In August of this year, in the Awa Indigenous region of Colombia, 12 people were massacred.  They were killed as they slept by FARC rebels, who accused them of collaborating with the government's armed forces.  As the decades-long armed conflict grinds on, Indigenous Peoples continue to be targeted.

Aida is one of many women worldwide who risk their lives to advance human rights for their families, for their communities and for all.

On the Eve of the Honduran Elections, Remember Women’s Demands

Tomorrow, Honduras will hold an election that will attempt to legitimize a de facto government that rose to power through a coup, deposing a democratically elected leader.  As these developments move forward, we wanted to take the opportunity to re-post an open letter to Secretary of State Hillary Clinton that was recently signed by leaders of international women's human rights organizations.  The letter reads in part:

Dear Secretary Clinton,

We turn to you now in recognition of your extraordinary commitment and
with great respect to urge you to address the abuses of women’s human
rights occurring at present in Honduras. As numerous national and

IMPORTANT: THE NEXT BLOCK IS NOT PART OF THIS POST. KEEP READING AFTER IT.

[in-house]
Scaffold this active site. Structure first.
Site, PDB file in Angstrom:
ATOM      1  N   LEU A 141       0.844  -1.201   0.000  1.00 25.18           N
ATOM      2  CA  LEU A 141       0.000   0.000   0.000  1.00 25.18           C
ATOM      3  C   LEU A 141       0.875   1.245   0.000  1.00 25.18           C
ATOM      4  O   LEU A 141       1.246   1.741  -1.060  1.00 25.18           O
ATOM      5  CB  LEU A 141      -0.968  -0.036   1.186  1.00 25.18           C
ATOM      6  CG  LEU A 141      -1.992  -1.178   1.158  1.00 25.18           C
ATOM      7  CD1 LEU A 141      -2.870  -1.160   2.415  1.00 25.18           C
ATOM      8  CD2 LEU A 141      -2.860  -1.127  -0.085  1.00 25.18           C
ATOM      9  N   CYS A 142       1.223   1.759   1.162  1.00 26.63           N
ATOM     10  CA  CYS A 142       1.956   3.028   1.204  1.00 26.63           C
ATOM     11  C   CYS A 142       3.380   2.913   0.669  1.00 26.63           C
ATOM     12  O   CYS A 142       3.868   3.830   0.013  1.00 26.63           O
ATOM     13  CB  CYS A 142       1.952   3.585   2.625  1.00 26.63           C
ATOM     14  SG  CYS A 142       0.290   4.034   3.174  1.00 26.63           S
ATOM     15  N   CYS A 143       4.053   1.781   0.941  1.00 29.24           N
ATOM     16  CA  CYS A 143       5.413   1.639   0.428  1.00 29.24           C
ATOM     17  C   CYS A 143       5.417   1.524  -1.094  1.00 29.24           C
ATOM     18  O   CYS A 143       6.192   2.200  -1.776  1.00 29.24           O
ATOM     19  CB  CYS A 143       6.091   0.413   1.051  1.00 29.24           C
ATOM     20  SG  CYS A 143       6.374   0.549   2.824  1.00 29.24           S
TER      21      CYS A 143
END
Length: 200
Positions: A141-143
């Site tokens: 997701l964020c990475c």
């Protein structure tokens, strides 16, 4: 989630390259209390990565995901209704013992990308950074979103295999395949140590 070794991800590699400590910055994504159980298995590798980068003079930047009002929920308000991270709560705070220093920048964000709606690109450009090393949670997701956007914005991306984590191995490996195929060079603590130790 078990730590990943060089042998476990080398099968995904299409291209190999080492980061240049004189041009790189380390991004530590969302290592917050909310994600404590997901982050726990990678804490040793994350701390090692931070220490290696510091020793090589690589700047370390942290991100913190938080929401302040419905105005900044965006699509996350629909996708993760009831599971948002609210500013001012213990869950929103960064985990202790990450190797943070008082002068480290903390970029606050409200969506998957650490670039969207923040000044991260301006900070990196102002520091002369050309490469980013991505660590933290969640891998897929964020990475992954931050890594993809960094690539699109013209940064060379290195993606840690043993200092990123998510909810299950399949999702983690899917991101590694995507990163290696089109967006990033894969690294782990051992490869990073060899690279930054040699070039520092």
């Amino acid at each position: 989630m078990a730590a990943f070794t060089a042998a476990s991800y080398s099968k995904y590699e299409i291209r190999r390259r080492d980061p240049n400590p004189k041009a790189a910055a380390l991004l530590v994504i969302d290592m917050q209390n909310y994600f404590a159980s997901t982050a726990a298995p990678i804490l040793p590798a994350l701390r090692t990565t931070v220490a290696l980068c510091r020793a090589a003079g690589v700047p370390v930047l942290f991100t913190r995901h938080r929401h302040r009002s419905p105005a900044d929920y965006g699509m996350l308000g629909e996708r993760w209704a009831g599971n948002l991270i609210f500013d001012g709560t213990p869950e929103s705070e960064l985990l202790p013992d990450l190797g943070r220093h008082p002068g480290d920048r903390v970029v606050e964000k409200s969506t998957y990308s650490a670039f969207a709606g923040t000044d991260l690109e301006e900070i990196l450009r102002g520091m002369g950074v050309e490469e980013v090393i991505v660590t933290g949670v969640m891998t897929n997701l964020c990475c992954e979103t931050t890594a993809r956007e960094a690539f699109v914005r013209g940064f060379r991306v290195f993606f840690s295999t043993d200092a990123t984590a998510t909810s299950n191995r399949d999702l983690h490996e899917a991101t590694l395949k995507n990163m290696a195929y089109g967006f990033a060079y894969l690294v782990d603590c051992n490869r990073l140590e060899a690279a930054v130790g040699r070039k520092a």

international human rights groups have documented, the de facto regime
has engaged in a systematic campaign of intimidation, physical and
sexual abuse, and torture. Increasingly, women have been the target of
this campaign. We urge you to condemn the violence unleashed against
the Honduran people, and in particular against Honduran women, and to
take every peaceful measure possible to avoid further violence.

The situation for Honduran women constitutes a human rights crisis. As
Secretary of State, you have declared women’s rights to be a pillar of
U.S. foreign policy. At the United Nations, you have worked to ensure
that women’s rights and well-being are a matter of international and
global concern, and have stated that allowing women’s rights to be
violated with impunity in one place, jeopardizes women`s rights
everywhere. Today, we urge you to confirm that in Honduras women’s
rights are human rights and must be protected.

It was the
rupture of democratic order in the country that gave rise to the
current crisis in women’s human rights in Honduras. Therefore, only an
immediate return to constitutional government can stop the rapid
deterioration of women's rights.  Hastily improvised elections–
without the full participation of Honduran society, international
recognition, or the reinstatement of the elected president–cannot be
free or fair and do not guarantee a return to rule of law. Only a
return to rule of law can reestablish legal institutions for redress of
human rights violations and end the current situation of impunity for
crimes against women.

Make sure to read the full letter here.

Take Action: International Day for the Elimination of Violence against Women

Today is the International Day for the Elimination of Violence against Women.  This day recognizes the massive levels of violence against women worldwide, the advances that women's human rights advocates have made over generations to counter this threat and the work that remains to be done.